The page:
parties also disputed the admissibility of evidence regarding
the Town's zoning regulations and the effect they would
have on the property after condemnation. At trial, the State
offered the testimony of city engineer Jason Laumer and city
attorney Robert Brown. By referring to the Town's
previous grants of zoning variances on unrelated properties,
their testimony suggested that the Morales would also be
given a zoning variance, allowing them to continue the
collision repair business in a legally nonconforming way.
Brown and Laumer conceded, however, that they could not
testify as to what the Little Elm Town Council would or would
not ultimately do. Dusty McAfee, who heads the Town's
planning department, testified as a witness for the Morales.
Like Brown and Laumer, McAfee could not speak to what the
Town would do. But his testimony suggested that a prospective
buyer would not believe it was reasonably probable that the
Town would grant a zoning variance to make the O'Connor
cure plan viable-or at least the buyer would not believe it
was as probable as Brown and Laumer painted it. This was a
key disagreement because the Morales' ability to continue
using the property as a collision repair shop under the
O'Connor cure plan (which was the basis for revoking the
displacement classification) depended on obtaining a zoning
trial court admitted the testimony of Bolton and Kimberly
Morale, including their discussion of displacement. It
excluded Brown's and Laumer's testimony as
irrelevant. The jury was asked to determine the difference
between the market value of the whole property before the
taking and the market value of the remaining property after
the taking, considering the effects of the condemnation on
the remainder. The jury awarded $1, 064, 335, Bolton's
compensation figure associated with the Morales not being
displaced, and the trial court essentially rendered judgment
on the verdict. The court of appeals reversed and remanded
for a new trial. __S.W.3d__, __(Tex. App.-Fort Worth 2016)
(mem. op.). It held that the admitted evidence of
displacement was both irrelevant to the only issue at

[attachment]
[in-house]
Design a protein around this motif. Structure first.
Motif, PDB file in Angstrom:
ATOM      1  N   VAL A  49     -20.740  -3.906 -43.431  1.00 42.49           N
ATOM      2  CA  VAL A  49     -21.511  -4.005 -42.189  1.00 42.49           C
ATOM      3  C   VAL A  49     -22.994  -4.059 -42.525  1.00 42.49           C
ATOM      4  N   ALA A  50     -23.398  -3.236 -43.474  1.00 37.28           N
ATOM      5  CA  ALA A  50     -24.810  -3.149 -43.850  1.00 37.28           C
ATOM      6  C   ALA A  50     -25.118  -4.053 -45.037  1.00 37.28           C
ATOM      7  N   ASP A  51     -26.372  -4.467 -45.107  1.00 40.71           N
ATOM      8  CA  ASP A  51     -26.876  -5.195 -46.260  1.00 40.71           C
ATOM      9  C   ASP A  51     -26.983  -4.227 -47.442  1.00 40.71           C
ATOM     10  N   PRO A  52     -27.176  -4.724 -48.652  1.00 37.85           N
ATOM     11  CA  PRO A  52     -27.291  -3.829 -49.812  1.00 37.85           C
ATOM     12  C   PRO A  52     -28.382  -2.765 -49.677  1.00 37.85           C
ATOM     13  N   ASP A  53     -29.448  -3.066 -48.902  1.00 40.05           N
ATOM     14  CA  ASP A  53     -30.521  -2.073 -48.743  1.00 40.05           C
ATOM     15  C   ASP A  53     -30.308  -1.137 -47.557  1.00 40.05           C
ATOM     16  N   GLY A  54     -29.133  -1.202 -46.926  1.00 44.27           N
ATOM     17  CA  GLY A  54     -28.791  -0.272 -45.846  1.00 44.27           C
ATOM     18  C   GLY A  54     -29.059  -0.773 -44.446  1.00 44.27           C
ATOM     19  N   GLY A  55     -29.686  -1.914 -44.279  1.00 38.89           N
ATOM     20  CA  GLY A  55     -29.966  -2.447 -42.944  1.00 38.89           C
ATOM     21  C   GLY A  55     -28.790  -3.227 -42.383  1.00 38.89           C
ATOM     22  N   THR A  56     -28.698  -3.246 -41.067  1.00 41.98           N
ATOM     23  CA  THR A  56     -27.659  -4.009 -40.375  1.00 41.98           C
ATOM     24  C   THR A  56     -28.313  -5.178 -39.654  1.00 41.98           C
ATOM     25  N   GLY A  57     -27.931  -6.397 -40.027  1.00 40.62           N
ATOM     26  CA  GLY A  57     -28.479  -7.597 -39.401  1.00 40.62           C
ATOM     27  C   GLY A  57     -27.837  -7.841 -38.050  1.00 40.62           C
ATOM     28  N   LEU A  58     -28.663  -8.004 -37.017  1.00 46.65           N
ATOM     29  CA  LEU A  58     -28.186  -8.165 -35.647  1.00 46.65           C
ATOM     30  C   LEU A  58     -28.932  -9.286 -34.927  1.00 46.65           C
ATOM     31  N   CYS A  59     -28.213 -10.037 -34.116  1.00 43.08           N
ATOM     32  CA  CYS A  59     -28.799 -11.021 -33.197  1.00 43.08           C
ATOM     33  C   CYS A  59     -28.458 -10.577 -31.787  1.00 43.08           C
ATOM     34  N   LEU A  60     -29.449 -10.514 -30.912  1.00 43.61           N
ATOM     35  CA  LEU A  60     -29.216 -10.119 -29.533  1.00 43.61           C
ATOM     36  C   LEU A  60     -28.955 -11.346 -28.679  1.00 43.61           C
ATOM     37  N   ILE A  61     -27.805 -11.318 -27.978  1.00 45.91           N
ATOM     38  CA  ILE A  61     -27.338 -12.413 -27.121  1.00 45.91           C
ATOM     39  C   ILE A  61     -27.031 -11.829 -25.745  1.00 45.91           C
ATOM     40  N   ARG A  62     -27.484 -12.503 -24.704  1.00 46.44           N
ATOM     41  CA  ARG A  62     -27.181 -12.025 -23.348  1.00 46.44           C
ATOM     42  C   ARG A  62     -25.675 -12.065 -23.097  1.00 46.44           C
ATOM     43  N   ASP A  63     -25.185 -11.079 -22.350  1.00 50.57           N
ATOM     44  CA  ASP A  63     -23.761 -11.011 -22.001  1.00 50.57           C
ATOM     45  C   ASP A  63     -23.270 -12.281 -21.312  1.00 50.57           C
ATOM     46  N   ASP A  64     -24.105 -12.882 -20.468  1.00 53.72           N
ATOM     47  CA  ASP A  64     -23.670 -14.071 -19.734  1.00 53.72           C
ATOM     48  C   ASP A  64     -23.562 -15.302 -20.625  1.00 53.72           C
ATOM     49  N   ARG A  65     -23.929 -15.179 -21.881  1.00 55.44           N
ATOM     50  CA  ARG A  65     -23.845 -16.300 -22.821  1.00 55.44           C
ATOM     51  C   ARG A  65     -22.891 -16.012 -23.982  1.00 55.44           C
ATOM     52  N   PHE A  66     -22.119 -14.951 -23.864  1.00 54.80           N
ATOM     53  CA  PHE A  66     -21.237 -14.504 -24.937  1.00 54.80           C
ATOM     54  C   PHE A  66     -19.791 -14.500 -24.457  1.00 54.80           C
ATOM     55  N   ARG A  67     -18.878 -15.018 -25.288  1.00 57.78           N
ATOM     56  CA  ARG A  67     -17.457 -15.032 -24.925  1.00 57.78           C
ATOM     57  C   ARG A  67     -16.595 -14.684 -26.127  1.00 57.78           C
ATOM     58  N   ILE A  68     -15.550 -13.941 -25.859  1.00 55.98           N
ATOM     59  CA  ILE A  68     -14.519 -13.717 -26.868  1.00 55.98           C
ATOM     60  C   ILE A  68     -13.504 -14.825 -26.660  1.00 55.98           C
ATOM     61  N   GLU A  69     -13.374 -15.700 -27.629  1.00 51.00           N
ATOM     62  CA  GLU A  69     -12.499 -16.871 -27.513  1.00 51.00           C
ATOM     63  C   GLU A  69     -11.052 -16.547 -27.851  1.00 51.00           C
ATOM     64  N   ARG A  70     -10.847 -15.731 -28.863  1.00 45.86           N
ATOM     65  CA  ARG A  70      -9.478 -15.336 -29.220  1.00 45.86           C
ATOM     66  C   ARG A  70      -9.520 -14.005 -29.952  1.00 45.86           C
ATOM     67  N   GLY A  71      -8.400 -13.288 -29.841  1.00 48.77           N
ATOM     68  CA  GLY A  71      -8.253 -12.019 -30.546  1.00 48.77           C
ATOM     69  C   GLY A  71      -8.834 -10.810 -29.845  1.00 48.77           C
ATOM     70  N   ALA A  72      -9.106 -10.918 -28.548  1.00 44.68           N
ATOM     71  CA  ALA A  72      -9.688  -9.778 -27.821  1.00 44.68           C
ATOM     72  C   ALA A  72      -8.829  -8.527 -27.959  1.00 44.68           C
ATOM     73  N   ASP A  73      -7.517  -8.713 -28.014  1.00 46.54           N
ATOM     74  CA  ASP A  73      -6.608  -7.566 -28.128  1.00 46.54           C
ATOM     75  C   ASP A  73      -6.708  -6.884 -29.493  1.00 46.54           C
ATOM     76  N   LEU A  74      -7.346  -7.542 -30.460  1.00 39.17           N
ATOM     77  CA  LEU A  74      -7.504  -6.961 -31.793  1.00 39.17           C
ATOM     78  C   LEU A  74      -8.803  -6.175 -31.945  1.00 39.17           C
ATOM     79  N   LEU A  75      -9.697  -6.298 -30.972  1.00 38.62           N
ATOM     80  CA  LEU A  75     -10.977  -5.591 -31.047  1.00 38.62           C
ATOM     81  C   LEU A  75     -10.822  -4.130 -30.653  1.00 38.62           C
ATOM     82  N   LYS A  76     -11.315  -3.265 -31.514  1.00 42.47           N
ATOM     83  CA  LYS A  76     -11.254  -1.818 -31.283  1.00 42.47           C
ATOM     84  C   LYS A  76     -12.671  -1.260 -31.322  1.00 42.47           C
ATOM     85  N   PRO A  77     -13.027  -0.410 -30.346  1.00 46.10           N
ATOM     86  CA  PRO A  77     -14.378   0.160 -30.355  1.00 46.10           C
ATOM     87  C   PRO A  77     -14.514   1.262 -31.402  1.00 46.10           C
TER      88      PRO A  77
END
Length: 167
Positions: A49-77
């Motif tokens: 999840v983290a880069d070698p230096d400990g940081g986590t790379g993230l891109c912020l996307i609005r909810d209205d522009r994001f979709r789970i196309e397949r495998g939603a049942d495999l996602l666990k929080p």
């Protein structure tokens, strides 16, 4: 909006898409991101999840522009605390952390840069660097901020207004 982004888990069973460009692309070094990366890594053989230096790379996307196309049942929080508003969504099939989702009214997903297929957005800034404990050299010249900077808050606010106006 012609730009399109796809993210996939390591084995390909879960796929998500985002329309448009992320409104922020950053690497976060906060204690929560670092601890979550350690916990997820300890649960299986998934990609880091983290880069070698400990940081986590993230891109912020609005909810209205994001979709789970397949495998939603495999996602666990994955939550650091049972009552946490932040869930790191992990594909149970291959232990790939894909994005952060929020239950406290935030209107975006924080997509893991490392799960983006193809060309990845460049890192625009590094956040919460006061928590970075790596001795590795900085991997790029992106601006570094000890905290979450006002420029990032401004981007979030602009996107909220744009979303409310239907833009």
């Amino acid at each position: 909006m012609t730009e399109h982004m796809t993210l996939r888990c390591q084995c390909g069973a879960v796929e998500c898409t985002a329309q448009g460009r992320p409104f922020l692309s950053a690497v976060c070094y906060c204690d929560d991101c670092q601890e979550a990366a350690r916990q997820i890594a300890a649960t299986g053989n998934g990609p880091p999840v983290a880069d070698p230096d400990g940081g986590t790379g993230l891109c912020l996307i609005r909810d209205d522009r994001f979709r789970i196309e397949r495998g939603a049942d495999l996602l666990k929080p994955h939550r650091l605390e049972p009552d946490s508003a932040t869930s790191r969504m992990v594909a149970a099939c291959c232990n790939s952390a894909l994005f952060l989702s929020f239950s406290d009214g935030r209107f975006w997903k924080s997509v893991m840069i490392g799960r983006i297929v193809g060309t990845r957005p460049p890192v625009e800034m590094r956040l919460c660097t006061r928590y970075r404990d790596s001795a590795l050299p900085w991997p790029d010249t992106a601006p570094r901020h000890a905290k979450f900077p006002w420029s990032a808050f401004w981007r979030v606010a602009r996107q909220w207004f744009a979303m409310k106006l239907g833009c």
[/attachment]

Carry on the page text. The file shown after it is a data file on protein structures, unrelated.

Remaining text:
trial-"the compensation owed to the Morales for the part
taken and for any damages to the Morales' remainder
property"-and harmful. Id. at__. The court also
held Bolton's displacement appraisal was "based on a
land use that was speculative and unsubstantiated," and
that "the displacement market value testimony was
irrelevant and therefore inadmissible." Id.
at__. Finally, the court of appeals held that the trial court
erred in excluding Brown's and Laumer's testimony.
Id. at__. The Morales petitioned for our review.
to admit or exclude evidence is within the trial court's
sound discretion. See Owens-Corning Fiberglas Corp. v.
Malone, 972 S.W.2d 35, 43 (Tex. 1998). Irrelevant
evidence is not admissible. Tex. R. Evid. 402. Evidence is
relevant if "it has any tendency to make a fact more or
less probable than it would be without the evidence" and
"the fact is of consequence in determining the
action." Tex. R. Evid. 401.
only issue the jury was asked to decide in this case was the
amount of just compensation due to the Morales for the
partial taking, calculated as the difference between the
market value of the entire property before the taking and the
market value of the remainder property after the taking,
considering the effects of the condemnation. State v.
Petropoulos, 346 S.W.3d 525, 530 (Tex. 2011). "The
factfinder may consider the highest and best use of the
condemned land," which is presumed to be "the
existing use of the land." Enbridge Pipelines (E.
Tex.) L.P. v. Avinger Timber, LLC, 386 S.W.3d 256, 261
(Tex. 2012). A disagreement between experts as to the value
of land after condemnation is part and parcel of trial.
See, e.g., State v. Dawmar Partners, Ltd.,
267 S.W.3d 875, 877 (Tex. 2008) ("[T]here was
considerable conflicting evidence regarding the highest and
best use of the property before and after the taking.");
State v. Windham, 837 S.W.2d 73, 77 (Tex. 1992).
the collision repair shop was the existing use of the land at
the time of the taking and thus was also the presumed highest
and best use. The State's initial displacement
classification, though later revoked, reflected the risk that
the taking would cause the loss of that use. The court of
appeals held that "the fact that the Morales were
considered displaced . . . does not make it more probable
that the State at one time believed that the taking itself
caused a change in the property's use" because the
classification "was based on a combination of the effect
of the taking and Ayers's proposed cure plan."
__S.W.3d at__. We disagree with this faulty premise.
Ayers's cure plan merely reflected her conclusion that,
at best, the property's highest and best use after the
taking would still change. Certainly the State was entitled
to, and did, present evidence explaining to the jury why the
initial displacement classification was incorrect and why the
taking ultimately did not prevent the Morales from continuing
to use the property as a collision repair shop. ...